Sam Laura Brown
In today’s Community Spotlight, we are sharing all about Sam Laura Brown. She’s a mindset coach, personal development blogger and host of The Perfectionism Project. We chatted with Sam about she created an online space to help perfectionists in every walk of life. Read more to learn about Sam’s journey from starting her blog to creating an positive impact online with her podcast!
Tell us about Sam Laura Brown!
I help perfectionists stop procrastinating and overcome their fears so they can reach their full potential. I'm a mindset coach, personal development blogger and the host of The Perfectionism Project podcast—one of the top self-help podcasts on iTunes.
How did you get started with Sam Laura Brown?
My business was originally called Smart Twenties and began as a personal development blog in 2013, when I was 22. I started it after becoming obsessed with business podcasts and spending months hearing the inspiring stories of online entrepreneurs. I thought that if they could do it, maybe I could do it too.
My business now revolves around helping people move out of the perfectionist mindset (and the procrastination, self-doubt and people pleasing that goes with it) but ironically, it was starting my business that made me realize I had those tendencies. I'd always done very well in school and, at the time of starting my blog, I was getting my dual degree in law and finance (which I finished in 2015). Perfectionism hadn't presented too many problems when I was doing what everyone expected of me and had external deadlines. It was only when I tried to put myself out there and had no one else to keep me accountable that I really started to get in my own way!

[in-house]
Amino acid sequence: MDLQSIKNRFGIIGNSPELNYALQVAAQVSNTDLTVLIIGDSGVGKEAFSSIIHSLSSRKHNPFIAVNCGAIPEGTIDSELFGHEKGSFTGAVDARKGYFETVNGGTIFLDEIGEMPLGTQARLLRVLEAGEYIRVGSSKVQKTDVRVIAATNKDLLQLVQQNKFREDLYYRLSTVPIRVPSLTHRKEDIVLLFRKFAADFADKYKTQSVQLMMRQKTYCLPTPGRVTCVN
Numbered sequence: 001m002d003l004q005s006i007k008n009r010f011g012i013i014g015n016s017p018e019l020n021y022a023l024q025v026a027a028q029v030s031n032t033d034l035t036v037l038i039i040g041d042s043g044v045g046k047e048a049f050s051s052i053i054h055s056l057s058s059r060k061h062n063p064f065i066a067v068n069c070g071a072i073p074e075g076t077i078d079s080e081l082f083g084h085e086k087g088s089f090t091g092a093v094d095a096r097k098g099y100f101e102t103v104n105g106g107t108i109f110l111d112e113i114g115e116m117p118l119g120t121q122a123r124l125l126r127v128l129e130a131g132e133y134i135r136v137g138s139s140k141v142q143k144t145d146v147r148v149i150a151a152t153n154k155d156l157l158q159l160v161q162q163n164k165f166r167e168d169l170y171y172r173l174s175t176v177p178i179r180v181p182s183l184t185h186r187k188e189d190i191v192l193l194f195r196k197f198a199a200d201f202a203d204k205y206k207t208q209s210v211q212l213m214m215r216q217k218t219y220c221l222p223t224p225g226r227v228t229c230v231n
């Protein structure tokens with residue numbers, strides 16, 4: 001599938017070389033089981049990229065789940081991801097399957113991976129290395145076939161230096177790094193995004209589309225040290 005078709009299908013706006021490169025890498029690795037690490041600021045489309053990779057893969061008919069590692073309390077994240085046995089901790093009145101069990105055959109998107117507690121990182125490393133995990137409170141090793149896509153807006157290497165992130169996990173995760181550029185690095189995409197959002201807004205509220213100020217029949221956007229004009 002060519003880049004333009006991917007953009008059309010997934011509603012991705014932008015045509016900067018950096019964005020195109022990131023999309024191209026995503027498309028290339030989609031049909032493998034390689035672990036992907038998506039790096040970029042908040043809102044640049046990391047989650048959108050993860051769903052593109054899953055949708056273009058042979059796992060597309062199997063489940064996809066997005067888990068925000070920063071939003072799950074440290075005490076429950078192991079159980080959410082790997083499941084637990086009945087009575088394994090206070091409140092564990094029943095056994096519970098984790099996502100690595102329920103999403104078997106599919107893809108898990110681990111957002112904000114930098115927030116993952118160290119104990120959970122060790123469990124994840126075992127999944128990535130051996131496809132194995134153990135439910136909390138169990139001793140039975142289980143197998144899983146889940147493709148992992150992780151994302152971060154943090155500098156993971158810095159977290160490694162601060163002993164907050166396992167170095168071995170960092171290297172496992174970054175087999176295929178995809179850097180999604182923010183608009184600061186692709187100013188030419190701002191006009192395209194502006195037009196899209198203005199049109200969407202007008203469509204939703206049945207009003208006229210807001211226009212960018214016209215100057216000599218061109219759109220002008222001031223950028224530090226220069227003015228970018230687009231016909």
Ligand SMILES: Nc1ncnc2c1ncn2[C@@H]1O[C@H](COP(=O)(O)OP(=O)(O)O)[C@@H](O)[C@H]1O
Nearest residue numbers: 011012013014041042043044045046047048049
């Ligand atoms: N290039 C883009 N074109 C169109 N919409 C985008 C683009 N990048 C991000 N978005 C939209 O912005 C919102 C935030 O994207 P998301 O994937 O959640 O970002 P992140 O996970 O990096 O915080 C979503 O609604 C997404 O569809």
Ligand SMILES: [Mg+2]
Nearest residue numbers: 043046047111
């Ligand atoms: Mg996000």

Because of that, my business got off to a VERY slow start. For 2.5 years, I only had a handful of page views each week - and most of them were me. I had so much fear around rejection and being laughed at that I hid my blog from my friends and family for most of that time. I was too scared to promote myself and therefore took a 'build it and they will come' approach. Unsurprisingly, no one came. And I spent almost all of my time on busywork.
In April 2016, I got so sick of myself that I finally decided to put myself out there and begin doing all the things I knew I should be doing. It wasn't until March 2017 that I quit my full-time accounting job for blogging, so I still consider my business to be fairly new!
What’s one of the biggest challenges you’ve faced along the way?
For sure my biggest challenge has been me. Thanks to the internet, lack of information and strategies has never been a real problem. The problem has been my fears around putting myself out there and everything that might bring with it—rejection, failure and shame.
While I've come a long way over the last couple of years, with a new level there's always a new devil. I still find myself getting in my own way all the time and am constantly trying to practice what I preach. Having said that—I'm grateful for this challenge because without it, I wouldn't be able to help others with it either. Plus I share my own personal growth journey with my readers and listeners, so it always makes for great content!
What would you say has been one of your biggest “wins”?
One of my biggest wins has been becoming the kind of person I used to look up to. It sounds super corny to say that and I'm cringing at myself a little right now, but the biggest "pinch me" moments have been when I've been the teacher in a situation where I used to be the student. And that I receive emails and DMs from people every day telling me about the positive impact my work, and sharing my journey, has had on their life.